The 70th Berlin International Film Festival, also known as the Berlinale, recently featured the world premiere of two digitally restored films about Jews made just after World War II.

The Czech 1949 film “The Distant Journey” tells the story of a young Jewish doctor named Hana in Czechoslovakia who marries her non-Jewish colleague. As such, she winds up not being sent to a concentration camp; however, she is unable to save her parents from deportation. The film shows their persecution and eventual deaths, along with documentary footage.

“The Last Stage” is a 1948 Polish fictional film about female inmates at the Auschwitz-Birkenau concentration camp who come from various backgrounds. The movie was shot on location, using nonprofessional actors from the area near the camp who speak in their native language in the film. It was based on testimonies of Holocaust survivors, according to The Jerusalem Post.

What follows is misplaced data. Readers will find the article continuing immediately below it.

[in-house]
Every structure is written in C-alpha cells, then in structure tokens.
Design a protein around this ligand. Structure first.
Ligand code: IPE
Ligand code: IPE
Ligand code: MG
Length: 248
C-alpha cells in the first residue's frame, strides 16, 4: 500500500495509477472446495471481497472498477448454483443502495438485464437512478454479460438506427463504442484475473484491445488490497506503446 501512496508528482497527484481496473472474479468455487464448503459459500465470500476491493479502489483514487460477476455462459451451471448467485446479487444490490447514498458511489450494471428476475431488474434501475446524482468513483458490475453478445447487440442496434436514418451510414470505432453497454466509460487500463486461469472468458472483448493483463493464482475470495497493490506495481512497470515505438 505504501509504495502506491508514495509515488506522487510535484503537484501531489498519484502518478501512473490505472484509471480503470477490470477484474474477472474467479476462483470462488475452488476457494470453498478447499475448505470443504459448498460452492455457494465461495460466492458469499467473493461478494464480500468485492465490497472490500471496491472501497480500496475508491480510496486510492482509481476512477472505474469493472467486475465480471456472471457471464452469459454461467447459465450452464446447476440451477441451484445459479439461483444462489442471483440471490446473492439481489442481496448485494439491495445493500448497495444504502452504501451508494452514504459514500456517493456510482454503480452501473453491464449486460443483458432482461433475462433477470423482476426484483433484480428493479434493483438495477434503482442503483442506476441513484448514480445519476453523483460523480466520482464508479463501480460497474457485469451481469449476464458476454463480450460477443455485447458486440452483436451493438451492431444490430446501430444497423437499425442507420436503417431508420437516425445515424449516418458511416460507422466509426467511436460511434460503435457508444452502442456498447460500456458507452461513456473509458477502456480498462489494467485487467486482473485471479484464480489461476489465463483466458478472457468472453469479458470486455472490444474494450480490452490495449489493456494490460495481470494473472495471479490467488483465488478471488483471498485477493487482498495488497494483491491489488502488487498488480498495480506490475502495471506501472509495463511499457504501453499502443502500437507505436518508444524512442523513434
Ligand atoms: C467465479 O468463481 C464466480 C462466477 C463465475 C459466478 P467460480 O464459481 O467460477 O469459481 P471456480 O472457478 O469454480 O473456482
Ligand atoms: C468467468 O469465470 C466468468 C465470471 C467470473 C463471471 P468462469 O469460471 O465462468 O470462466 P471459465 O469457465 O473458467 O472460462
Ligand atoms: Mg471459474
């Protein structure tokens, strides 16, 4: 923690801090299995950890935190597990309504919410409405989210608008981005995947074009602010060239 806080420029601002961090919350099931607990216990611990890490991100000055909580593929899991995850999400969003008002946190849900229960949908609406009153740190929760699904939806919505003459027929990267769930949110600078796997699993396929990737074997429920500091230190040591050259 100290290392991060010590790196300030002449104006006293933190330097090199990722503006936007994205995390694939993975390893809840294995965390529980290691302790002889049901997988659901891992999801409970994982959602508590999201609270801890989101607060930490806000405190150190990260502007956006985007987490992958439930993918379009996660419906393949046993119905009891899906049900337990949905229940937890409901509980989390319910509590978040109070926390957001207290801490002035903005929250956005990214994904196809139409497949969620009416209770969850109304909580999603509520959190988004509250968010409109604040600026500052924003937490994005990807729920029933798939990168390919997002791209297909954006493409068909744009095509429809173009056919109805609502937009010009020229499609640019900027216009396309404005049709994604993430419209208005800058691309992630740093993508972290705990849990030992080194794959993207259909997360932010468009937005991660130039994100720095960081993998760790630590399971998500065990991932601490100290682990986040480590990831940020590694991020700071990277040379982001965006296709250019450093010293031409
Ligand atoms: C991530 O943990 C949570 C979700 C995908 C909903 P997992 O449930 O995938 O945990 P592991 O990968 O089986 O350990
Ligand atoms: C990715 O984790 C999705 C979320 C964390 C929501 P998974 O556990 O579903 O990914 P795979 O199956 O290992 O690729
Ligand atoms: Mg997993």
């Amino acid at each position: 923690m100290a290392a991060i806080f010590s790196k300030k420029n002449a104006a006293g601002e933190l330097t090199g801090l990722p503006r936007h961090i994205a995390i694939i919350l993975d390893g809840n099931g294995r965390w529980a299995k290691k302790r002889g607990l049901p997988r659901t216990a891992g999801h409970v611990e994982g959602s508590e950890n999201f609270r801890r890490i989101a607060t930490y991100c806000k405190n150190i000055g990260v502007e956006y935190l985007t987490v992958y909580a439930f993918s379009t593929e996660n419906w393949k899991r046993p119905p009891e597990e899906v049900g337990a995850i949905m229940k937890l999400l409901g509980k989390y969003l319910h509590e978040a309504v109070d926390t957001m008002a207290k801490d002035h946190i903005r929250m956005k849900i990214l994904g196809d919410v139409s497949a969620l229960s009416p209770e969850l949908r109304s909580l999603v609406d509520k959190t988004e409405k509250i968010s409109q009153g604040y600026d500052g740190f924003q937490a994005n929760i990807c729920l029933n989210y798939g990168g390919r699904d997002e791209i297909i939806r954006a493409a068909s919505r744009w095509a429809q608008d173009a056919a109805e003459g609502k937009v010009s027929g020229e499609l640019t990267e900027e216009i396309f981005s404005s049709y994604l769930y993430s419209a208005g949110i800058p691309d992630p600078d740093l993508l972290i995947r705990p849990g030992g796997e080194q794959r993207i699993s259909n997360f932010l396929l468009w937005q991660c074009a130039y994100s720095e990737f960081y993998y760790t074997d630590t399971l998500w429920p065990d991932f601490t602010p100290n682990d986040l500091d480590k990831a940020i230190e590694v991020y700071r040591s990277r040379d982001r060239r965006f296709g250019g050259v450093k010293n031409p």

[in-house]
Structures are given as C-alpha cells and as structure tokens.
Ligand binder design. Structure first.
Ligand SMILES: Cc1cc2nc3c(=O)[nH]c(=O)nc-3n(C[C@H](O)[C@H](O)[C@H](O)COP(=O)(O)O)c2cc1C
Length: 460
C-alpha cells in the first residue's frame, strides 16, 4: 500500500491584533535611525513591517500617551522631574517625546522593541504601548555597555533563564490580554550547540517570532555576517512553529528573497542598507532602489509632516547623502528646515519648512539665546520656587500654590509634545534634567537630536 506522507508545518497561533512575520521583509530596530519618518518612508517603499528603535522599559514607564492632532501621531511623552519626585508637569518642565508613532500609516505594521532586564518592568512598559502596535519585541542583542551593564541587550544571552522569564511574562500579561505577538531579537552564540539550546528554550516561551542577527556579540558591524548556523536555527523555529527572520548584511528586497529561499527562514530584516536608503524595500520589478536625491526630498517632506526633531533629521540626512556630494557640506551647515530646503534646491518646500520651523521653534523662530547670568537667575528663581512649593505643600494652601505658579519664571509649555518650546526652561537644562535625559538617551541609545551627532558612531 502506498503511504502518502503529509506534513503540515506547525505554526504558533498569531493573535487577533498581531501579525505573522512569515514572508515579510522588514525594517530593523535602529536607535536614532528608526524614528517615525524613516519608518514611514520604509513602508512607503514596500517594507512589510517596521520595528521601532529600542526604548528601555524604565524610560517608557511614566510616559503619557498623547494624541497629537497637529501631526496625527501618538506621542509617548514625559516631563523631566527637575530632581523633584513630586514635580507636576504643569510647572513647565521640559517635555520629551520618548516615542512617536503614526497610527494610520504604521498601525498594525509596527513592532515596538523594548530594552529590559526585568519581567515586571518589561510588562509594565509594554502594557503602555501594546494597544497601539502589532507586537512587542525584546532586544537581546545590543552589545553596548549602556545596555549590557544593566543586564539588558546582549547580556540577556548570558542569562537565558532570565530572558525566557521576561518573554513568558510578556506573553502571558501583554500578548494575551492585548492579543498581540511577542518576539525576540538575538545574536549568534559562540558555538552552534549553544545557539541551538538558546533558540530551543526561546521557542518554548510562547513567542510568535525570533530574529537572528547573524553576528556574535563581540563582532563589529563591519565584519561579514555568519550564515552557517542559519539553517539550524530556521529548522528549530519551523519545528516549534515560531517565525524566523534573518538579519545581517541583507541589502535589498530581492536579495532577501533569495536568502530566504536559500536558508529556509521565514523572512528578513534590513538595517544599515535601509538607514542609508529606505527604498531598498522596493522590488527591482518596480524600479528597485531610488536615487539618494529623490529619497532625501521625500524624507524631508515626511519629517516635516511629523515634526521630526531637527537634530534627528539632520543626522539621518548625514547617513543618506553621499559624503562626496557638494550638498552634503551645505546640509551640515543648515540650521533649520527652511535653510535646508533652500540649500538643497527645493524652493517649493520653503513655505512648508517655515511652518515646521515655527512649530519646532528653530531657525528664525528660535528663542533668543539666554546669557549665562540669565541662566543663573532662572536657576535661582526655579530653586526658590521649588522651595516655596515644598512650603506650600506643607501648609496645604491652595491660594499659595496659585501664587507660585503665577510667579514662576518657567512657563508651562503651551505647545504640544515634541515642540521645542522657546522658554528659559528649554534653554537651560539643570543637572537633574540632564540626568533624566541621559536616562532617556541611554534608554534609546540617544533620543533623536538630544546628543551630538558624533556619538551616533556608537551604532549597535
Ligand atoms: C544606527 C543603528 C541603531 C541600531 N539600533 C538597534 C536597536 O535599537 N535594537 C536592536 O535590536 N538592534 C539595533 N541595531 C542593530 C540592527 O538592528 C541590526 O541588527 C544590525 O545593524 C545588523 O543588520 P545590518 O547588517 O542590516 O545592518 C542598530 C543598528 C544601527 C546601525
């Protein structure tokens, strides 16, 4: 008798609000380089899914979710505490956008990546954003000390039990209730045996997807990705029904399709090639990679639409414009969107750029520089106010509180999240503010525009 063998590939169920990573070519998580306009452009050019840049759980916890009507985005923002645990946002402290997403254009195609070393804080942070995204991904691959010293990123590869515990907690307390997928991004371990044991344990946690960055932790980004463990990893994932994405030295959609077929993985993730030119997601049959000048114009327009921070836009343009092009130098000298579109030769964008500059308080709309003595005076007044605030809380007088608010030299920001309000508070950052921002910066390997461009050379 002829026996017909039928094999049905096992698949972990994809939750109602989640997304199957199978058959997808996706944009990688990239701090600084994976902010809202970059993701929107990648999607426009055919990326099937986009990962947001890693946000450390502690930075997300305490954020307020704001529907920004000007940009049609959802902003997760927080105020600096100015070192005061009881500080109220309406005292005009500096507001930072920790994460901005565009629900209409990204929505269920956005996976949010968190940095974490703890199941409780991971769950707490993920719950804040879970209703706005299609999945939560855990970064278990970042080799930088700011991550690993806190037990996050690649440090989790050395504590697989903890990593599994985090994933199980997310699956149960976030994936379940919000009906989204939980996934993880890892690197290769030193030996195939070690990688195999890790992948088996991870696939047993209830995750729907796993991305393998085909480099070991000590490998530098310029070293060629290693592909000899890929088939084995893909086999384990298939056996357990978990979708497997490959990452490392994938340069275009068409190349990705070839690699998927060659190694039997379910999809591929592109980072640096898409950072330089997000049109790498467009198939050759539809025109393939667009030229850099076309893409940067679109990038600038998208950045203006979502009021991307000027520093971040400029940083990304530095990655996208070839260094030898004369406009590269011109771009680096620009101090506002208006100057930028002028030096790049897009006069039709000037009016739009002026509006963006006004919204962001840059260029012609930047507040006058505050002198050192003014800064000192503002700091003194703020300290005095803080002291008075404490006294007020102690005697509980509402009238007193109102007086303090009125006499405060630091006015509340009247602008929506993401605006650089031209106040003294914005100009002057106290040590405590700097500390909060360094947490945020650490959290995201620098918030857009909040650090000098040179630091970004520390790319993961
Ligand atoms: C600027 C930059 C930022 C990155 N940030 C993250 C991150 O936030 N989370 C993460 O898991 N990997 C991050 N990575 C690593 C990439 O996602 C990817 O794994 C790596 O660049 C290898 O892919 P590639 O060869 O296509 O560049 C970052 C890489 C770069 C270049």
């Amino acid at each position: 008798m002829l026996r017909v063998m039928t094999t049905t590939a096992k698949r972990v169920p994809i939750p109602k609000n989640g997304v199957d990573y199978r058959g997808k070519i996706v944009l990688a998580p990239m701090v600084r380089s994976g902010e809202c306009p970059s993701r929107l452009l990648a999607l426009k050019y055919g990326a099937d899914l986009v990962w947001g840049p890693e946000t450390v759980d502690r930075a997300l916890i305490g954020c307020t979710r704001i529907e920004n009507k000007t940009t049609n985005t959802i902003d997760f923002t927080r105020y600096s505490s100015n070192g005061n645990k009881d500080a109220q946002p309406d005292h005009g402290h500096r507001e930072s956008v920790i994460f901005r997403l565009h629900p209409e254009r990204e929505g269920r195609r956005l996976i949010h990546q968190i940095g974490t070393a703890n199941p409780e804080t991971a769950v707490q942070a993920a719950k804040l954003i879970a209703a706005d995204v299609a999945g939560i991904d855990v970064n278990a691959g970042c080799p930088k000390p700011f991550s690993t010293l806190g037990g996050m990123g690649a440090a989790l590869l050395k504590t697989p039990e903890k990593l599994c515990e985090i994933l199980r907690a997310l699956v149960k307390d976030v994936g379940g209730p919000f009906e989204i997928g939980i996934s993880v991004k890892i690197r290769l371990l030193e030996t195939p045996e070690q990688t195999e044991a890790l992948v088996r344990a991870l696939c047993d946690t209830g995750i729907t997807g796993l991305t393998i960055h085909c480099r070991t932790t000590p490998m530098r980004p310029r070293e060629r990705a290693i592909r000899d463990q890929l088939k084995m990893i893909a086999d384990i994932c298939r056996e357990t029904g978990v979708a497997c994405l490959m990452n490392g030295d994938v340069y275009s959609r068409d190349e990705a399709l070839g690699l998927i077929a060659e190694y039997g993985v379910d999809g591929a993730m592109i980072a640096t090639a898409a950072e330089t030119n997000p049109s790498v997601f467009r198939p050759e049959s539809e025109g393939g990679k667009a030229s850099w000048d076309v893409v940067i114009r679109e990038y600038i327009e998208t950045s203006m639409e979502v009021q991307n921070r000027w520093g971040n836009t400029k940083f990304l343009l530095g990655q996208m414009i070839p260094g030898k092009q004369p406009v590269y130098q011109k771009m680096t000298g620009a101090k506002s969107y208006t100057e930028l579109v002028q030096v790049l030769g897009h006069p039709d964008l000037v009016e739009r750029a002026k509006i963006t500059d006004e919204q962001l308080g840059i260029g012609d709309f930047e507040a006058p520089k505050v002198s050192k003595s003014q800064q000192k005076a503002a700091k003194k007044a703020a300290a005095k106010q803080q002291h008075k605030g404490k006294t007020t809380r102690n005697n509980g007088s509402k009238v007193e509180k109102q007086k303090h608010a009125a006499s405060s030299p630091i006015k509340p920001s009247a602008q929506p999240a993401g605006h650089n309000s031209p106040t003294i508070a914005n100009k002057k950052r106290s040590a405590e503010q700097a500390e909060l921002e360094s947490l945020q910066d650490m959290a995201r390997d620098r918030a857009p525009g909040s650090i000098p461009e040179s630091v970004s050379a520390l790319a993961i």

The original negative of “The Last Stage” did not survive, so a complex restoration process was done by Poland’s National Film Archive in cooperation with Tor Film Production.

The Berlinale, running through March 1, also features recent films about the Holocaust, as well as other Jewish-themed movies, including “Minyan,” “Speer Goes to Hollywood” and “Listening In.”

The opening-night film, Philippe Falardeau’s “My Salinger Year,” centered on the work of legendary Jewish American novelist J.D. Salinger.

In 2019, the Israeli film “Synonyms” won the festival’s top honor, the Golden Bear.

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